Carolina (34-4) finished an impressive NCAA run that saw it defeat six opponents, including Villanova, by an average of 20.2 points, winning no game by fewer than 12. It marked the Tar Heels' fifth national championship, tying Indiana for third all-time, and enabled Roy Williams to become the 13th head coach to win more than one.
Junior Wayne Ellington, the former Episcopal Academy star, scored 17 of his 19 points in the first half when the Tar Heels built their sizable advantage and set a championship game record with 55 points.
Junior point guard Ty Lawson scored 21 points, dished out six assists and set a title game record with eight steals. Senior Tyler Hansbrough added 18 points.
Those three players, along with senior Danny Green, all resolved to return to the team and not test the NBA waters after losing in the national semifinals last year. Their plan paid off in a big way.
The Spartans (31-7), who said they wanted to win to give economically depressed Detroit area something to smile about, committed 14 turnovers in falling behind by 21 points at the half.
They couldn't muster a comeback of any significance early in the second half even though the Tar Heels made only three of their first 16 shots from the field in the opening 10-plus minutes.
The best they could do during this time was close to 68-53 on a free throw by Draymond Green with 9 minutes, 32 seconds left.
The Spartans, who sank only one of their first 10 three-point attempts in the second half, kept grinding. Carolina failed to convert a pair of one-and-one opportunities. Michigan State got a three-ball from Goran Suton and six free throws, including a pair by Kalin Lucas with 4:47 to play that closed the gap to 76-63.
But the Tar Heels got a nifty drive from Lawson, who went behind the back and split two defenders. He later nailed two free throws and Bobby Frasor got a layup off a turnover, and Carolina was home free at 84-65 with 2:30 to play.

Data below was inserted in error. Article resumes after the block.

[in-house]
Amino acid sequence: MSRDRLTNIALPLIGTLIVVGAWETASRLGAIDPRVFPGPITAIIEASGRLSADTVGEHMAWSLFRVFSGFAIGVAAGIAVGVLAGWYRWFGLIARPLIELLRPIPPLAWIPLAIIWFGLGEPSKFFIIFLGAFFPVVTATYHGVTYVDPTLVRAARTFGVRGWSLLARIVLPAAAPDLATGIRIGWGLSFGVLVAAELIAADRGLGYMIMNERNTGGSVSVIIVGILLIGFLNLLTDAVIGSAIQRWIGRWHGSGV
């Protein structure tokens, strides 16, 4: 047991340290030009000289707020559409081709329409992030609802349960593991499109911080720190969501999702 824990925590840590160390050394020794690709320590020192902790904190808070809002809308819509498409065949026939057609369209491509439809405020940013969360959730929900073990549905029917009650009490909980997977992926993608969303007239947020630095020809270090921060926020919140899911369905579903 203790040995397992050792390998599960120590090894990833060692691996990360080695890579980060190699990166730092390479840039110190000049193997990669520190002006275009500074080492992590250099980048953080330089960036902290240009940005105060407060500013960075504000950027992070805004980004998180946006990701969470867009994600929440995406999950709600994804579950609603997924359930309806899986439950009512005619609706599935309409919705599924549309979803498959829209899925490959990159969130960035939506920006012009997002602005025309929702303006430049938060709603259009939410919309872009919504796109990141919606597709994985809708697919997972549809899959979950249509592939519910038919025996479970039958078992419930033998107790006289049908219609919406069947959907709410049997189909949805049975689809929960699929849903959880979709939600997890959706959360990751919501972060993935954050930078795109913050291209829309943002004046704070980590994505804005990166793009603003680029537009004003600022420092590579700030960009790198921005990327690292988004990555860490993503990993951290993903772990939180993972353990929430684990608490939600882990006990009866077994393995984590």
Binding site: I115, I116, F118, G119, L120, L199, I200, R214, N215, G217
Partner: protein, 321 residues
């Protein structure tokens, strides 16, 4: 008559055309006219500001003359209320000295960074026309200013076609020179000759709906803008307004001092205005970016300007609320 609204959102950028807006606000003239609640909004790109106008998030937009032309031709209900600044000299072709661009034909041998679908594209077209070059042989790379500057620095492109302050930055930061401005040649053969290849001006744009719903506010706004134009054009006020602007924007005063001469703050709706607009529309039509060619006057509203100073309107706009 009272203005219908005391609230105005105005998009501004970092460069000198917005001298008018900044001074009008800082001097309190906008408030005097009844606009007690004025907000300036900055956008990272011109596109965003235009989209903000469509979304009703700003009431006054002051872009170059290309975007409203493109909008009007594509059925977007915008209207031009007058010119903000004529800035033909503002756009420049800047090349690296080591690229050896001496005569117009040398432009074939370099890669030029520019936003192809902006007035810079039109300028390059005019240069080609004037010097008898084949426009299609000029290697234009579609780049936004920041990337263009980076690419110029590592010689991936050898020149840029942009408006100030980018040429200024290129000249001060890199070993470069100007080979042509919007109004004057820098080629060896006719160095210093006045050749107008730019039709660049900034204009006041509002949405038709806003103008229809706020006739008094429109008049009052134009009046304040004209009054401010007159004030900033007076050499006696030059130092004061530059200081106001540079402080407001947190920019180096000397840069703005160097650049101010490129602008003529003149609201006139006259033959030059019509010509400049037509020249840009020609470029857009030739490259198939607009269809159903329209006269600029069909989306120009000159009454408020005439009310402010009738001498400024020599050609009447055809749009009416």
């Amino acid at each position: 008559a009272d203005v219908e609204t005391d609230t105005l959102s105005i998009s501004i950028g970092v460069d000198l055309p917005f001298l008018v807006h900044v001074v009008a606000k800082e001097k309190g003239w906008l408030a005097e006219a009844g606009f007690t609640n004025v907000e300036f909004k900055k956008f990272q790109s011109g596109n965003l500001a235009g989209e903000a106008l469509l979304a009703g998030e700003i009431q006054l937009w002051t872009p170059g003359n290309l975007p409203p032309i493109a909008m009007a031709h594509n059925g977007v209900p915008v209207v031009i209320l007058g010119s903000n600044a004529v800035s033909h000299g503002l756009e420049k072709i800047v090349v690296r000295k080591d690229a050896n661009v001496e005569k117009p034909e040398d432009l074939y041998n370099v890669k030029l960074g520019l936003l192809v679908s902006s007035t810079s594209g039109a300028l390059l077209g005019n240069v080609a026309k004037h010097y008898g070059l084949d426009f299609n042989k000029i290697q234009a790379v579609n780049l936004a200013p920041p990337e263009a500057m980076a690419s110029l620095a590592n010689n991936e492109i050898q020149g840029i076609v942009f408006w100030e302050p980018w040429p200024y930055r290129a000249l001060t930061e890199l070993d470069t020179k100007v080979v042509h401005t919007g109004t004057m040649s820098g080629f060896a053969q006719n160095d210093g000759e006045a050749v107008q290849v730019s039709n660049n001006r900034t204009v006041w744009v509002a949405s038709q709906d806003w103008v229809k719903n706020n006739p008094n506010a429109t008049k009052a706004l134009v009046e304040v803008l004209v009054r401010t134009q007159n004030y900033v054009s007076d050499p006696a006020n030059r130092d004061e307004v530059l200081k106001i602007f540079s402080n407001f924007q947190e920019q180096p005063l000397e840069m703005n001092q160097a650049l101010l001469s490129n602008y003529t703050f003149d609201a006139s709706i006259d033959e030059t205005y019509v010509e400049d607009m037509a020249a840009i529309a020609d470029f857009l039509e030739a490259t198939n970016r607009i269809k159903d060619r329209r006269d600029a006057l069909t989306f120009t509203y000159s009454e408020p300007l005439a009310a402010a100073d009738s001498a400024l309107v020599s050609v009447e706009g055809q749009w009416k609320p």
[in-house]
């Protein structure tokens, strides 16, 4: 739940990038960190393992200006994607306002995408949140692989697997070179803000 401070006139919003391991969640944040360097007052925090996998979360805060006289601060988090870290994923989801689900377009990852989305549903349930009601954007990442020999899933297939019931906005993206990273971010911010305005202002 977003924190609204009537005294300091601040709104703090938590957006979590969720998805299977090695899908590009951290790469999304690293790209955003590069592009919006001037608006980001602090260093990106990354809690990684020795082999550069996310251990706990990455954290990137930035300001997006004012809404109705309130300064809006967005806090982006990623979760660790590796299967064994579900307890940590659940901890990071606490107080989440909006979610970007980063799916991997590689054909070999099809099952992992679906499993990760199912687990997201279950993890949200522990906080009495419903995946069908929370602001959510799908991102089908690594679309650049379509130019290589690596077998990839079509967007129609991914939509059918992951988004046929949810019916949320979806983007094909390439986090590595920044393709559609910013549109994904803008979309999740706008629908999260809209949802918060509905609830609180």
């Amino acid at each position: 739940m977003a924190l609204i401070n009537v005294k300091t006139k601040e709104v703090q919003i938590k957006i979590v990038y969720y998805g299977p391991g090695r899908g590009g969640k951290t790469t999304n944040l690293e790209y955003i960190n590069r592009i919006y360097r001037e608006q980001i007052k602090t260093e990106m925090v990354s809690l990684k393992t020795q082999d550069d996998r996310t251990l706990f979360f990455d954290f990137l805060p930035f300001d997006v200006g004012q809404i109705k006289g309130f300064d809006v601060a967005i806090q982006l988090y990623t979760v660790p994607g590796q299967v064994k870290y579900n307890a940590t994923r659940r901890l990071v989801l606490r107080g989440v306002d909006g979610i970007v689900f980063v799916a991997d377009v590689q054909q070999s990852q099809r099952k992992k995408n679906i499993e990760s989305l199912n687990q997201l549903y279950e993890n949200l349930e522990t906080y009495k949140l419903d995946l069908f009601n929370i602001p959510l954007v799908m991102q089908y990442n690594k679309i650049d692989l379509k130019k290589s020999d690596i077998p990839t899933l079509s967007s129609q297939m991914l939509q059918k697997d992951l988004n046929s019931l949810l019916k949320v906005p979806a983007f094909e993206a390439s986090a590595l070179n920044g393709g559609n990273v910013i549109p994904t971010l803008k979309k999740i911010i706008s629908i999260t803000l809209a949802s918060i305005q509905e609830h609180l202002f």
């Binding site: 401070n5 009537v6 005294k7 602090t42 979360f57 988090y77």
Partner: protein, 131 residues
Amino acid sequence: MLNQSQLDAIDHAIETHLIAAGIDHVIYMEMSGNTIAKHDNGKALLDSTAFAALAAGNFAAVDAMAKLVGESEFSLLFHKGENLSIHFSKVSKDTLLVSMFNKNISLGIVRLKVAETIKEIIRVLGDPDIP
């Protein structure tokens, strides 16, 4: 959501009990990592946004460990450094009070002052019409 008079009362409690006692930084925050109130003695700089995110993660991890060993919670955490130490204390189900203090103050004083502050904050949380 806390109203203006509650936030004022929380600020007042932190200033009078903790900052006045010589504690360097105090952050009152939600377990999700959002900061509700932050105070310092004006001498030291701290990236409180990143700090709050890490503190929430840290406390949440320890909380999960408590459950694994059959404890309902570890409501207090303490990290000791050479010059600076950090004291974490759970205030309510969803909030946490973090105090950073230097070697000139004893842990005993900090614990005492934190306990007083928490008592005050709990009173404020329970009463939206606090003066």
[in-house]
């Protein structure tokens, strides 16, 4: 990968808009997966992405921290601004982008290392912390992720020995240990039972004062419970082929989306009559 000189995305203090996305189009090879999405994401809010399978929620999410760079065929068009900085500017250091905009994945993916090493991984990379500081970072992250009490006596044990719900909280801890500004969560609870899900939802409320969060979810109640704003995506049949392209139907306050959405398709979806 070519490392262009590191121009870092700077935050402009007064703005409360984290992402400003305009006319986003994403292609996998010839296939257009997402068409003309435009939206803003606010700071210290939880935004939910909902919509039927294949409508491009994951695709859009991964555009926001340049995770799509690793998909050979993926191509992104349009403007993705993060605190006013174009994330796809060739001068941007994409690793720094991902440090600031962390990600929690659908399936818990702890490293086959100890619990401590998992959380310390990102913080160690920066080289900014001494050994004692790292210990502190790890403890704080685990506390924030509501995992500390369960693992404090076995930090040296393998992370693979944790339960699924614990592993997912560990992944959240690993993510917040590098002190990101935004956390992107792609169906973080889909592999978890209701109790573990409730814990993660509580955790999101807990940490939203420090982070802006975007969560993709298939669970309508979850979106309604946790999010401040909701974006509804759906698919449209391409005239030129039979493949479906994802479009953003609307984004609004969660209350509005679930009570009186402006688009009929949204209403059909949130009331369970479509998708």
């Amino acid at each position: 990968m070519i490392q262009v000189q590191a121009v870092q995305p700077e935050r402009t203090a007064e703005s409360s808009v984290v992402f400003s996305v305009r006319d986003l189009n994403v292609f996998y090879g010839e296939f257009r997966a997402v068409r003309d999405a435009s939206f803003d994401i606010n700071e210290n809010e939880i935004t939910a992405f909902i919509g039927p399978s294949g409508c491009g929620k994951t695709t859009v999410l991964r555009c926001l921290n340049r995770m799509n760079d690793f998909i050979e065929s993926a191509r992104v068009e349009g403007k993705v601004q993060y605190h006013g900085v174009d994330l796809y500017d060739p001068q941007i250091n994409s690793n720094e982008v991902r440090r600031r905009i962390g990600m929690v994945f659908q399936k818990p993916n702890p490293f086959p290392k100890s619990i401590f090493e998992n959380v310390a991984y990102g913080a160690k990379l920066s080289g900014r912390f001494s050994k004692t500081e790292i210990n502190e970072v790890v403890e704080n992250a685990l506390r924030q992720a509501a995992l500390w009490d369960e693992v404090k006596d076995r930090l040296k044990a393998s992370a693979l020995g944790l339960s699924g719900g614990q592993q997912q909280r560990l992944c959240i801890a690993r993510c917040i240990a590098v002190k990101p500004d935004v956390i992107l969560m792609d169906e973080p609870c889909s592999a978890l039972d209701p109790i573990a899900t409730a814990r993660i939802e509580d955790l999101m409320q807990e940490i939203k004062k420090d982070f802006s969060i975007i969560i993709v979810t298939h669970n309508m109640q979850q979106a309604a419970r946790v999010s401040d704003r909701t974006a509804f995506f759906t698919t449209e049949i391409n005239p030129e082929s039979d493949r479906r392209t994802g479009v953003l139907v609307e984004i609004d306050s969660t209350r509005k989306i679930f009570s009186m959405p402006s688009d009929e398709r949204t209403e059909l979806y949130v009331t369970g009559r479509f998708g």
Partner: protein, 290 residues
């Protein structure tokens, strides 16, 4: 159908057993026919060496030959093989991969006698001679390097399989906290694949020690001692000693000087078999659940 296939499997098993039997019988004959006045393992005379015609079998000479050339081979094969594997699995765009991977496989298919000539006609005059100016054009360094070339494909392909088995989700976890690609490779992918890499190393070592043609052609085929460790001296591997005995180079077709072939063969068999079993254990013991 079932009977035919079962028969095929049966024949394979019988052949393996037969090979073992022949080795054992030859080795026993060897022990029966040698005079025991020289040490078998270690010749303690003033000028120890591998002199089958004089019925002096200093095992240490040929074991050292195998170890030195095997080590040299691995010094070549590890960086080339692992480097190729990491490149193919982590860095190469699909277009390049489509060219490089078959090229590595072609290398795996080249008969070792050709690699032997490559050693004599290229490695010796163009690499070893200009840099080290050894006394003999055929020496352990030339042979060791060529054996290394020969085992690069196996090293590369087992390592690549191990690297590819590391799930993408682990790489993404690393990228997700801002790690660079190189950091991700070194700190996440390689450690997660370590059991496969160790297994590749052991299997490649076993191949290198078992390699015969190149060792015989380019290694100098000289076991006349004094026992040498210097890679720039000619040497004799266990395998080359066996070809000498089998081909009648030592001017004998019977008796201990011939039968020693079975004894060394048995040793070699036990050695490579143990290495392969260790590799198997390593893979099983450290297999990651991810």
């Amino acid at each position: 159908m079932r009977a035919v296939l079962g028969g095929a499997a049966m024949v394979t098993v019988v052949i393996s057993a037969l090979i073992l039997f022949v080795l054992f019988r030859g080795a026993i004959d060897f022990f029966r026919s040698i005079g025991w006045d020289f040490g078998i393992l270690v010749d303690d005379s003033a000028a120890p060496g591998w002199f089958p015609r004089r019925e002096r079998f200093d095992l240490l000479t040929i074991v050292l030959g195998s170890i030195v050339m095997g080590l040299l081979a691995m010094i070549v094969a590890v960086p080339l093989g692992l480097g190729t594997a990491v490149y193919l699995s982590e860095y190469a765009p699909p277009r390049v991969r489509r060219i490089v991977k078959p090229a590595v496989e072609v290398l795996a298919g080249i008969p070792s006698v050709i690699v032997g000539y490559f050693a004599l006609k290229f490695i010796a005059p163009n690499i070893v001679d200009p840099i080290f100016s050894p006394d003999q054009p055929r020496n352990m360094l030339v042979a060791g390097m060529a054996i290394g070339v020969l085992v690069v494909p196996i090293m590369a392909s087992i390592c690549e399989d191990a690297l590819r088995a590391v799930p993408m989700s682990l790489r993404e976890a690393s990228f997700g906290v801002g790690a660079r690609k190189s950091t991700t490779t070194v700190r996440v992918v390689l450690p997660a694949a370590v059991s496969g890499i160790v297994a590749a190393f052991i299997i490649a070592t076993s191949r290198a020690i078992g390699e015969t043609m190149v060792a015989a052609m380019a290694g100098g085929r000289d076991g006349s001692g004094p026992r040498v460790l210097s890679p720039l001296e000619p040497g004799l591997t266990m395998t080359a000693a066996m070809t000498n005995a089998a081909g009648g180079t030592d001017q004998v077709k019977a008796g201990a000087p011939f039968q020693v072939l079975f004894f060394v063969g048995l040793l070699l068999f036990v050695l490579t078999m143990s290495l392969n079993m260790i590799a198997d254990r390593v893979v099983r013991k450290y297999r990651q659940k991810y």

Suton led the Spartans with 17 points and Lucas added 14.
Amid all the excitement and noise generated by the tens of thousands of Michigan State fans, the first half simply became a matter of the Tar Heels picking up where had they left off Dec. 3, when they outscored the Spartans by 21 in the second half.
And what do you know? When the buzzer sounded to end tonight's opening 20 minutes, North Carolina held a 55-34 advantage - 21 points.
The Tar Heels opened 6 for 7 from the field and finished the first half shooting nearly 53 percent. The Spartans made 44.4 percent of their field-goal attempts but committed 14 turnovers, with Lawson accounting for seven steals.
Ellington went 3 for 3 from beyond the arc and 7 of 9 overall to lead Carolina with 17 points at the break; Hansbrough added 11. Lawson made 1 of 5 shots, but with his steals and three assists, probably no one from the Tar Heels worried in the least.
Suton, who did not play in the first Carolina-State matchup because of a knee injury, led the Spartans with nine points in the first half.
North Carolina led by 10 before the game was 41/2 minutes old. The Tar Heels had 24 points with about 131/2 minutes to play - a 72-point pace for the half - and led by 34-11 when Hansbrough converted both ends of a one-and-one with 9:44 remaining.
The Carolina defense held the Spartans to one field goal over 61/2 minutes, a stretch that ended after Hansbrough's free throws. Michigan State coughed up five turnovers during that time.
The Tar Heels got fine performances from inside players not named Hansbrough in the first half. Deon Thompson, a 6-foot-8 junior, scored nine points before the period was half over. Ed Davis, a 6-10 freshman, scored back-to-back baskets on a couple of nifty moves around the hoop.
Ellington sank a short jumper and a three-ball on consecutive possessions to restore Carolina's 23-point advantage. After Suton drained a hook shot, Ellington knocked down another trey, and Carolina had its biggest margin of the half, 46-22, with 4:46 to play.
Try as they might, the green-clad Michigan State faithful could not convert the cheers into points. Fans roared late in the half when the Spartans cut the deficit to 18, but Carolina managed to get the advantage back to 20 and more.
The same thing happened in the opening minutes of the second half. Michigan State got to within 18 three times in the first 61/2 minutes, but the Tar Heels always had an answer.
One answer came on a play in which Spartans coach Tom Izzo felt Lawson had stepped on the out-of-bounds line saving a loose ball. Davis took advantage of the save and scored to make it a 20-point game once again.
Contact staff writer Joe Juliano at 215-854-4494 or email@example.com.